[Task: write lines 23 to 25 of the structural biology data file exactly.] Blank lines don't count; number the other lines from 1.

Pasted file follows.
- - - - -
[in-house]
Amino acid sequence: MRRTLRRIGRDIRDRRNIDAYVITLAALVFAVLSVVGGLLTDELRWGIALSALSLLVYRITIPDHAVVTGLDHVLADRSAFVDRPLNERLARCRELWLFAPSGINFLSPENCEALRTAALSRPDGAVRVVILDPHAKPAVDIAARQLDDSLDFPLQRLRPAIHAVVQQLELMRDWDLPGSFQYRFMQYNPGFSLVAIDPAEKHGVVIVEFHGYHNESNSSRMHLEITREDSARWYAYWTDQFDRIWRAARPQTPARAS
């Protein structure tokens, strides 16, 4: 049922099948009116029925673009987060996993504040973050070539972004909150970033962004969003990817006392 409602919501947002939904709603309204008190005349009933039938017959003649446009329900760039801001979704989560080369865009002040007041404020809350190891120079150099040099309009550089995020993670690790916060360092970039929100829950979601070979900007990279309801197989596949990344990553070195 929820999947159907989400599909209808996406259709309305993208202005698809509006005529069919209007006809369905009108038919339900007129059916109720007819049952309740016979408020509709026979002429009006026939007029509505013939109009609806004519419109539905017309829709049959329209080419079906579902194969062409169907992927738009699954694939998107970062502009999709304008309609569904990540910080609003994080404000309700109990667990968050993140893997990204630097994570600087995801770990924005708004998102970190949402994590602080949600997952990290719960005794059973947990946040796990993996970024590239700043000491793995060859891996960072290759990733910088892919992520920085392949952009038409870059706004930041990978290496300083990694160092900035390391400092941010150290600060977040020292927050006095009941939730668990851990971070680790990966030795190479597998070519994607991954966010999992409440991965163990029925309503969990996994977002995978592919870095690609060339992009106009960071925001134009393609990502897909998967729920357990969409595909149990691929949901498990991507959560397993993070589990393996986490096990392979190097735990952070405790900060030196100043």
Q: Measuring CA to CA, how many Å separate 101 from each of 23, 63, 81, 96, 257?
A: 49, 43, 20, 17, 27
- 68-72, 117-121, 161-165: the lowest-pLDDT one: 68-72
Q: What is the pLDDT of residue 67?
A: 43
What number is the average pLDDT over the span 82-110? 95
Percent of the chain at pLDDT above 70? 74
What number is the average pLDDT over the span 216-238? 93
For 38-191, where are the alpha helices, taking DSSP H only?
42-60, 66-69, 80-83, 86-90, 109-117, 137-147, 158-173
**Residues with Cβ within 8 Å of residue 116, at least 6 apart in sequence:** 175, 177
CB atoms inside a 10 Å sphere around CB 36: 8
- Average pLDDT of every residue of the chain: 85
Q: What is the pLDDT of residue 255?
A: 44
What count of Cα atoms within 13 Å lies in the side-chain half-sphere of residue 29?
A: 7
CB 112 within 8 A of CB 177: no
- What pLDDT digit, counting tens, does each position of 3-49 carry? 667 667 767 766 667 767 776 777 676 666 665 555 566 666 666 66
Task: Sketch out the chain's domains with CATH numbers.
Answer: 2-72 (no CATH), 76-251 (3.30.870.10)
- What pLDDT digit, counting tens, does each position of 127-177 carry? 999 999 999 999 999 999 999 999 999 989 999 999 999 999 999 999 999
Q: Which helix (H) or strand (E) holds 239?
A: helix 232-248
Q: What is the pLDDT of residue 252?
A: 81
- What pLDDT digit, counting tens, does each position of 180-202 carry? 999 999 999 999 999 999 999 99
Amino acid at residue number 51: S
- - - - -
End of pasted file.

Task: Sketch out the chain's domains with CATH numbers.
Answer: 2-72 (no CATH), 76-251 (3.30.870.10)
- What pLDDT digit, counting tens, does each position of 127-177 carry? 999 999 999 999 999 999 999 999 999 989 999 999 999 999 999 999 999